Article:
Dealers of Lightning

It was the late 70s, and this concept of a personal computer was approaching a difficult coming-of-age. Everyone knew that the computer would change everything, but the race was on to define how that would look.
In the labs and offices of Xerox PARC (Palo Alto Research Center) a group of engineers and scientists pulled together ideas and concepts into a computer called the Alto. The main unit was about the size of a filing cabinet, while a landscape monitor, keyboard and mouse would sit on the desk. The computing environment consisted of windows, menus and icons on a bitmapped screen capable of rendering detailed graphics. No one had ever seen such a thing before, and although the Alto never made it out of the scientific world, it was shown to a team from Apple – including a young Steve Jobs.
The rest, of course, is history – legend even. It’s said that Bill Atkinson (the author of the QuickDraw ROM and MacPaint) excitedly pressed his face against the Alto’s screen, trying to count the pixels. The group from Apple returned to their headquarters in Cupertino, and so impressed was Jobs at what he’d seen, that he immediately spun off this rogue team first to the Apple LISA, and soon after to work on the Macintosh – computers with a bitmapped screen, mouse, windows, menus and icons. Others followed suit.
Of course the Macintosh wasn’t Apple’s only invention – nor was the Alto Xerox’ only invention. PARC is responsible for scripting languages, the laser printer, Ethernet and even the concept behind Tablet PCs/iPads – a theoretical device called the DynaBook. Virtually everything we know about modern computers was defined in one of these two campuses, or another in Redmond, Washington that I get to visit more frequently.
These are all things that I’ve known about for over a decade: fables, folklore, legend. The places where these things happened were no less fantastic to me, and therefore no more real, than planets in the Star Wars galaxy…
Until last week.
As I finished up a couple nice days working with some partners, I pulled up Bing Maps to look for a place for dinner… and realised I was only 36 minutes away from Cupertino, and another 10 from Palo Alto. I practically ran to my car – locking myself out of my hotel room, and forgetting that the battery in my GPS was nearly dead and I didn’t have a car charger – and started driving. I nursed the GPS along, turning it on for brief moments to orient myself, and drove through some beautiful California country-side to the places where dreams came to life…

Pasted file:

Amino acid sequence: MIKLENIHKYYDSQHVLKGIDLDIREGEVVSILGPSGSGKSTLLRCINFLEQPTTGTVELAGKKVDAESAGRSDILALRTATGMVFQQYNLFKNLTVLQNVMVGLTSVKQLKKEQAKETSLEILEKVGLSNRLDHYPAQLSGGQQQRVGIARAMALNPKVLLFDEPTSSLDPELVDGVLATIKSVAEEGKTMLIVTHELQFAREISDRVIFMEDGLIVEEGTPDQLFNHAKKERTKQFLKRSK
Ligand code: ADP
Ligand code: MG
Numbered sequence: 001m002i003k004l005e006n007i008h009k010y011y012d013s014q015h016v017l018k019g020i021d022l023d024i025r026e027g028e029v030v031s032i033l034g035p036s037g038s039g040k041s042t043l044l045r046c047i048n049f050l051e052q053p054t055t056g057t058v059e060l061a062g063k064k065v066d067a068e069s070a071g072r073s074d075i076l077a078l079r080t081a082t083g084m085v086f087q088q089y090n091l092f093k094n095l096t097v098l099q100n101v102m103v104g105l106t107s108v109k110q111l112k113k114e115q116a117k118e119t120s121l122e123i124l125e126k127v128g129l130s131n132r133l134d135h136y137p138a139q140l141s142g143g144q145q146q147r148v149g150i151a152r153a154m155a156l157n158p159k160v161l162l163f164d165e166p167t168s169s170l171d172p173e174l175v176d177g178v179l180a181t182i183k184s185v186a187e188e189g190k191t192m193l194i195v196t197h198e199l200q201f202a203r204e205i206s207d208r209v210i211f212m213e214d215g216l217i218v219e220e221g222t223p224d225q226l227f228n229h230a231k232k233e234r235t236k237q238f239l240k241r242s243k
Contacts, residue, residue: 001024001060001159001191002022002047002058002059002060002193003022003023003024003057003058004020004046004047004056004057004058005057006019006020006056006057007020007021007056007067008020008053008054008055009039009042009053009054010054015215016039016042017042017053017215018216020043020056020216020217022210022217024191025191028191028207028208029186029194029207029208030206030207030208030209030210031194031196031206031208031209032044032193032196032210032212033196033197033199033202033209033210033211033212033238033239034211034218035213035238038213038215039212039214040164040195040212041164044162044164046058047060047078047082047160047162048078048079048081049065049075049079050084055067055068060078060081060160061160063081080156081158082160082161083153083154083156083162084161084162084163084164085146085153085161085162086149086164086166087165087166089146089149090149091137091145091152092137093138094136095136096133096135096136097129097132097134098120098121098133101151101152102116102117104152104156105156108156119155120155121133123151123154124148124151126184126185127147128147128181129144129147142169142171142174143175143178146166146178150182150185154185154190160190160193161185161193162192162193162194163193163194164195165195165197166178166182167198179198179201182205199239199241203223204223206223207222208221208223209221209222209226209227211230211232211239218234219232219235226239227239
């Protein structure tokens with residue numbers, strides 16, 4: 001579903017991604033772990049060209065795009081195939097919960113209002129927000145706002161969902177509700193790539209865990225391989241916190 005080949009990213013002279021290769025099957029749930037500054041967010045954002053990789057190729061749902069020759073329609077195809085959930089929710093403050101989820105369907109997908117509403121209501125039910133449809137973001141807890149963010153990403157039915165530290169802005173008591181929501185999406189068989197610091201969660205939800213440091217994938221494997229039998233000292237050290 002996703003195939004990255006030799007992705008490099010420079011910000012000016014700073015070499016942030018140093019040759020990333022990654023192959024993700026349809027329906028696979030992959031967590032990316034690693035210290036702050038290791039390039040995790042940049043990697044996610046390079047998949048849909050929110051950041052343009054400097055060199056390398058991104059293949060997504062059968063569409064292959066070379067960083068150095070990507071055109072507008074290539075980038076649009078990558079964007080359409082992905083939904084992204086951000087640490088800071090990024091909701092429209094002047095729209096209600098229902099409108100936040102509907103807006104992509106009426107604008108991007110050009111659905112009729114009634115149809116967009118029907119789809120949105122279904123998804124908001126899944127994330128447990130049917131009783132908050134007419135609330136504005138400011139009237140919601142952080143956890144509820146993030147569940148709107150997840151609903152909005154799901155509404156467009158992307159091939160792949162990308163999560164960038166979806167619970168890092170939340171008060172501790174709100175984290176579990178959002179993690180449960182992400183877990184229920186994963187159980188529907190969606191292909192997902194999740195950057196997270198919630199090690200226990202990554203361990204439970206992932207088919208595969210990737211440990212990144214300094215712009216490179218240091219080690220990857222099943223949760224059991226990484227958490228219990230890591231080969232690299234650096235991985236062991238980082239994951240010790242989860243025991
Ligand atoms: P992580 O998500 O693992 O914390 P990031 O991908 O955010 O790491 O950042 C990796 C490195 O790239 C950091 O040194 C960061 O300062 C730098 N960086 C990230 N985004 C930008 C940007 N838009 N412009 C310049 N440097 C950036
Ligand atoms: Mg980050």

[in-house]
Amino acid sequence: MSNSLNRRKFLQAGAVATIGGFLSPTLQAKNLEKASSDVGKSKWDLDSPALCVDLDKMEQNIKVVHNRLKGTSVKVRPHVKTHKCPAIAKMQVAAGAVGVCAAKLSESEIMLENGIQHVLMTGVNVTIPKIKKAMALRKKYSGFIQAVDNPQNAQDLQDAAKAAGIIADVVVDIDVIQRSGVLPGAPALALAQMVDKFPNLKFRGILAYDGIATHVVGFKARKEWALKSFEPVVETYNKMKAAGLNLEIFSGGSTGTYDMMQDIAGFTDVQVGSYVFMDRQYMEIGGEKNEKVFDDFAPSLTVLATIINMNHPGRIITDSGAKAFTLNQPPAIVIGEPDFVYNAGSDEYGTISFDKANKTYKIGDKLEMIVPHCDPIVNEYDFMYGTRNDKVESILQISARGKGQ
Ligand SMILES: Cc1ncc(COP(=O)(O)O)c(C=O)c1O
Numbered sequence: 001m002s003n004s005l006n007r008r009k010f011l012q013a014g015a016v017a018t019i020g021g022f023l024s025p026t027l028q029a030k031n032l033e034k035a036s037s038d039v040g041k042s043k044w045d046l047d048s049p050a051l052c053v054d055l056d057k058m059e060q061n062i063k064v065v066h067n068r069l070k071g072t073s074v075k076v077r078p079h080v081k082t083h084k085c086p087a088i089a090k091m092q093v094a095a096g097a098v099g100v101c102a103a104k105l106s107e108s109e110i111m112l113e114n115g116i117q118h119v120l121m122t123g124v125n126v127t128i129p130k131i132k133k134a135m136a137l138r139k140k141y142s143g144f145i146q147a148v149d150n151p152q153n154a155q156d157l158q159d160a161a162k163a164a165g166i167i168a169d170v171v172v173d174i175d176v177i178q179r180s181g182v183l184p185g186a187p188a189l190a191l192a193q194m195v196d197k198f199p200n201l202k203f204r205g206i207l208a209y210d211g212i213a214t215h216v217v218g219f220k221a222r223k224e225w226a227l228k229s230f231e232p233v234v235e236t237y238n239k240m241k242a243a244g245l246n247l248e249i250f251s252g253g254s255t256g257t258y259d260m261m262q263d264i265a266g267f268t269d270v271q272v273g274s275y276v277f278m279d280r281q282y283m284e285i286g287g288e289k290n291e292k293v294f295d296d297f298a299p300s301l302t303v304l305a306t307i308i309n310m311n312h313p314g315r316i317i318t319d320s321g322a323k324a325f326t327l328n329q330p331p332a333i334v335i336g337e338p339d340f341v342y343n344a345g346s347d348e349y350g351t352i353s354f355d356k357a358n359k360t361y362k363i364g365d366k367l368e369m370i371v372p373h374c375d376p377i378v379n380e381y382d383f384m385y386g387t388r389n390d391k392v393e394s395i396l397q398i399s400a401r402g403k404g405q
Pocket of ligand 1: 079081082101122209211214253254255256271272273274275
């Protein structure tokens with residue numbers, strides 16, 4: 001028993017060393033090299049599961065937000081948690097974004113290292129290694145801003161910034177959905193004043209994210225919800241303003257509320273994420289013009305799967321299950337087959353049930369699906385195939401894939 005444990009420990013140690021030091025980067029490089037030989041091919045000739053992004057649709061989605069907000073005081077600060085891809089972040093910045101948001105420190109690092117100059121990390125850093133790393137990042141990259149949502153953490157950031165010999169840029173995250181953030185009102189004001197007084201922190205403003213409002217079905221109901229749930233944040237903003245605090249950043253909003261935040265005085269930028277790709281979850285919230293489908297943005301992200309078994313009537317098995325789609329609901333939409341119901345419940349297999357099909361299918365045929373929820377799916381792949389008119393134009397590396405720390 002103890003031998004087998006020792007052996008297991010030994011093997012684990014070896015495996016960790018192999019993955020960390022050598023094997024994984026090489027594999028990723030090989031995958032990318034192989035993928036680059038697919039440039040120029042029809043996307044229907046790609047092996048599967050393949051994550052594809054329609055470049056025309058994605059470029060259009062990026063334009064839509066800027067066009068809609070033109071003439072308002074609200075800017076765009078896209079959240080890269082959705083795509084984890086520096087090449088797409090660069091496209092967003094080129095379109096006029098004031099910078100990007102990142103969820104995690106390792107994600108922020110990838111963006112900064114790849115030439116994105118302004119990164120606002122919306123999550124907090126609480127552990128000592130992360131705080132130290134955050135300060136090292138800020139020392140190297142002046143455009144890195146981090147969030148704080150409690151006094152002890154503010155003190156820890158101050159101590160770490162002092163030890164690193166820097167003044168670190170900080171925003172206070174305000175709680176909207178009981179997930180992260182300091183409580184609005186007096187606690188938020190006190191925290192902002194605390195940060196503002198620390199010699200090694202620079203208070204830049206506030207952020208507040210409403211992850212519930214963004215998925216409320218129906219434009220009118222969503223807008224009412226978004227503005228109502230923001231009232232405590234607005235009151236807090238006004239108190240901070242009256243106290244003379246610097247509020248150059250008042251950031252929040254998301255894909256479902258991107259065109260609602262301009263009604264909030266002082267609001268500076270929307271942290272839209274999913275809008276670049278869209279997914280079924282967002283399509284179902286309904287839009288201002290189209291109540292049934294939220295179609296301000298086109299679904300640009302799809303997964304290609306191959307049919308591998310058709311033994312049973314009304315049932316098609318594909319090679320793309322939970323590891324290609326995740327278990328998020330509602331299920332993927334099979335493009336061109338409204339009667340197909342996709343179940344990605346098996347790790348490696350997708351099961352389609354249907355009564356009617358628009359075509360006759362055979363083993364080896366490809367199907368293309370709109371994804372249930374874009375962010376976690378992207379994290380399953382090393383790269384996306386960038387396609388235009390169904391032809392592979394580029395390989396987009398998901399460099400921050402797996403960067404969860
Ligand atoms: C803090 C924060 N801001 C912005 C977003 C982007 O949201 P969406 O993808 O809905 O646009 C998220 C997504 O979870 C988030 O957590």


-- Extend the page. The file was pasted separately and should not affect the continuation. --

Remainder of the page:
That I have walked the sidewalks where giants of this industry tread – where perhaps they paced as they wrestled through ideas so big that they would change the world – is such an incredible honor. But to make this story even more incredible, I realised recently that I’ve met, and chatted with one of those giants! At a conference last November in Los Angeles, I attended a talk by a Butler Lampson – a researcher at my company – on artificial intelligence. Later, I came across him reading on the show floor and stopped to have a chat with him.
It wasn’t until much later that I discovered that this Butler Lampson was the same one who, almost 40 years ago, penned a memo detailing the design of a revolutionary computer. At the time, he was a researcher at Xerox PARC, and the computer he dreamt up… it was called the Alto.
I am literally working in the shadow of giants, in the cradle of some of the most remarkable inventions ever, surrounded by some of the most amazing minds of our time… and I could not be more grateful and blessed to have this incredible job.

One thought on “Dealers of Lightning

  1. It is really neat that you get to have this experience, and you write about it well; so well I can sense your excitement.
    Don’t mean to go all Biblical on you, but I always find it hard to reconcile my joy in the work that I do with the idea of work being part of “the curse” God laid on mankind for disobedience.
    It has always seemed to me that I was much happier with God’s curses that the Devil’s pleasures, which always seem to come with such heavy debt of pain and shame.
    I am glad that you have work that brings you joy.

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